Some may ask how did a nice conservative like you ever get involved helping run a multi million dollar federal program? It wasn’t easy.
During my decades in the field of education there was a short period when I was in the school board office with various administrative duties. This was in early 1965 and the nation was awash with a number of Federal programs promoted by President Lyndon Johnson, primarily the so called War On Poverty. Of course we were also getting deep into another war, Vietnam, however it would be a while before demonstrations and protests would take up most of our thinking.
A major part of the War On Poverty dealt with education and in the Roanoke County Public Schools in Virginia the thinking was that despite reservations about taking Federal money, we could not afford to turn down the opportunity. Especially when school systems around us were competing for the big bucks. And it was out of our tax money. So I was approached by the superintendent to become the Director for Federal Programs. Chief among these was the Head Start Program or as the new Office of Equal Opportunity (OEO) liked to call it, Operation Head Start.
The idea was to have a Summer program, six to eight weeks long for five years olds whose families had financial need and whose children would start school at a disadvantage due to back ground and lack of learning experiences. Sounds good, right?
So I became the equivalent of a Summer time superintendent and my first job was to submit a proposal money and organization wise to the OEO. I was as surprised as any one when it was snapped up and we were granted $250,000.
That became for me a major job. We had to set up ten elementary schools for Summer classes, hire teachers for each as well as two aides for each teacher, hire a cafeteria head to supervise meals served in each school and hire both a nurse and two social workers. We also had to set up a program whereby an “education expert” would come in from Washington, DC for teacher training and to make sure we purchased all the proper teaching materials each classroom would need Then there was the task of recruiting students for our program and to get publicity out.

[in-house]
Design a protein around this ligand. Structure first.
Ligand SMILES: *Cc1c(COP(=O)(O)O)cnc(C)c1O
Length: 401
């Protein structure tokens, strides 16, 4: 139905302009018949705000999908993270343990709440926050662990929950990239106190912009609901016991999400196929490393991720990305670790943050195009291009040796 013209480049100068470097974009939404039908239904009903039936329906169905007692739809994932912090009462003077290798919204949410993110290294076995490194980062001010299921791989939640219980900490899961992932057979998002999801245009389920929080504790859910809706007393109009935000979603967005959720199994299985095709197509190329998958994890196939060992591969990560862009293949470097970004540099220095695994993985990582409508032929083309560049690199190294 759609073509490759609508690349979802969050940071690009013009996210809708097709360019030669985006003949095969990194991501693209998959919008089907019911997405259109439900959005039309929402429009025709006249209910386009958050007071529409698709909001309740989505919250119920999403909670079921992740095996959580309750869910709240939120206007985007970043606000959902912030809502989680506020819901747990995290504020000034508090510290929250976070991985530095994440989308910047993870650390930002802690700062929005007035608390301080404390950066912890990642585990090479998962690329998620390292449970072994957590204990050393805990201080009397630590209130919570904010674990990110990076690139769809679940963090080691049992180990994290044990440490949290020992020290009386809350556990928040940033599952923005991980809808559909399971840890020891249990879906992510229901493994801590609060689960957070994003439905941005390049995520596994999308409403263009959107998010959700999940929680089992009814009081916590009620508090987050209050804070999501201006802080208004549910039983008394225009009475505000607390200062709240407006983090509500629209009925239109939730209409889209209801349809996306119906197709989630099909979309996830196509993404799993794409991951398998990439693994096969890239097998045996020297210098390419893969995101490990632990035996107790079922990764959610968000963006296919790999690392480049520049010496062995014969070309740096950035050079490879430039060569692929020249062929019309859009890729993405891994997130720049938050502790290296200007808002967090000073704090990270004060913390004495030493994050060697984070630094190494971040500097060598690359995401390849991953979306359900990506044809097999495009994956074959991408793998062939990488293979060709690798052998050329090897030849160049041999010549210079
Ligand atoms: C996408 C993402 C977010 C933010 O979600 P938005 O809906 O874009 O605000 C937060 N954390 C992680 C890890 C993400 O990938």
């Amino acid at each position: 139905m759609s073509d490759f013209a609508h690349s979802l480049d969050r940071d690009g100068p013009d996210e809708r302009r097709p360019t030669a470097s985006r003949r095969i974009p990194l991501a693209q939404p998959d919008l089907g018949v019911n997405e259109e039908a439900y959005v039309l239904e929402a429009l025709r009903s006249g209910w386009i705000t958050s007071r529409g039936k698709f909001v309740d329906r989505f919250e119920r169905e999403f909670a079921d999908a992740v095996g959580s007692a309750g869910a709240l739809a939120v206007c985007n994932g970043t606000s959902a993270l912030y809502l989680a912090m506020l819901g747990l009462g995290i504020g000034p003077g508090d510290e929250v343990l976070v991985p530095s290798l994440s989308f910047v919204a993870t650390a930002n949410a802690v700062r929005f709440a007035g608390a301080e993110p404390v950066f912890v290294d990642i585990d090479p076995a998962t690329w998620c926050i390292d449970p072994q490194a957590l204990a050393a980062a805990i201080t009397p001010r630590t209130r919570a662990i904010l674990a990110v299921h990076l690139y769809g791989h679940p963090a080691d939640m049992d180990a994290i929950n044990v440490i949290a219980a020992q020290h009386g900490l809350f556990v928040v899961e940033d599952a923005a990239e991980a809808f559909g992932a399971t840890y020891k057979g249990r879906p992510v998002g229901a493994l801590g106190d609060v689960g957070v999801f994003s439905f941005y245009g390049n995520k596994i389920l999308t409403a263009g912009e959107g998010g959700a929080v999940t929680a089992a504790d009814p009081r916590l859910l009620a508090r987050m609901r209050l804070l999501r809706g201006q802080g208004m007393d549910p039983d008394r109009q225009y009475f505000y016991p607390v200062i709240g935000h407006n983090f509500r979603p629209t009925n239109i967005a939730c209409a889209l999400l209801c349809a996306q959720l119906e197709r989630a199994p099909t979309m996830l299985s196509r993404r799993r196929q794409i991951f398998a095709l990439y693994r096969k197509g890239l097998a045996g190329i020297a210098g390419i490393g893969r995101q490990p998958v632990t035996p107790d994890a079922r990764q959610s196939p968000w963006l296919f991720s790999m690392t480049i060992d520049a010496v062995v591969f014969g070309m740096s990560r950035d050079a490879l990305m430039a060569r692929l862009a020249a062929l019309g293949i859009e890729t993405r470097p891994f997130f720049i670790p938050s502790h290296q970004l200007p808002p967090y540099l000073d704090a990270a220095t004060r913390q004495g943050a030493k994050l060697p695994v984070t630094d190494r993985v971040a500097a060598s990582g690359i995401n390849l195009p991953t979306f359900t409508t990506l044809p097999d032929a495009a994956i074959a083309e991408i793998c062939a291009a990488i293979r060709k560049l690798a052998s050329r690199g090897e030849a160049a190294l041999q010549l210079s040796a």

The recruiting was the tough part. There were Federal guidelines we had to follow in regard to family income and a list of circumstances that had to also be taken into consideration. Things like family size, residence and health issues. There was also an interesting caveat. The big thinkers in Washington wanted the children involved to still have contact with peers who came from families who were better off and we were told this should be at least ten percent of each class. Also it was no surprise that there were parents of eligible students who did not like the idea of being catalogued as “poor.” That took a real selling job to convince parents that their children would benefit in the long run. In press releases the words” poverty” and “poor” were played down.
With all this we managed to start the program in the Summer of ‘65 in what the Roanoke Times said was a “roaring success.” However, the Summer also provided me with some weird happenings.
One morning during our second week a young lady from the OEO called telling me she needed some statistics. She began “how many black children are in your program?” The phrase “African-American” had not come into wide usage. I was stumped. We had a total enrollment of around 300 and frankly never counted Blacks and Whites separately though we had both. Then she asked “How many Black teachers do you have?” Yes, we had Black teachers, but I had been raised to not think in those terms and I had to think. I was given a week to provide that information which meant I had to check with each school in person to get the count. Some of my Black teaching friends and some Black parents were not happy with that. To this day I consider the request racist.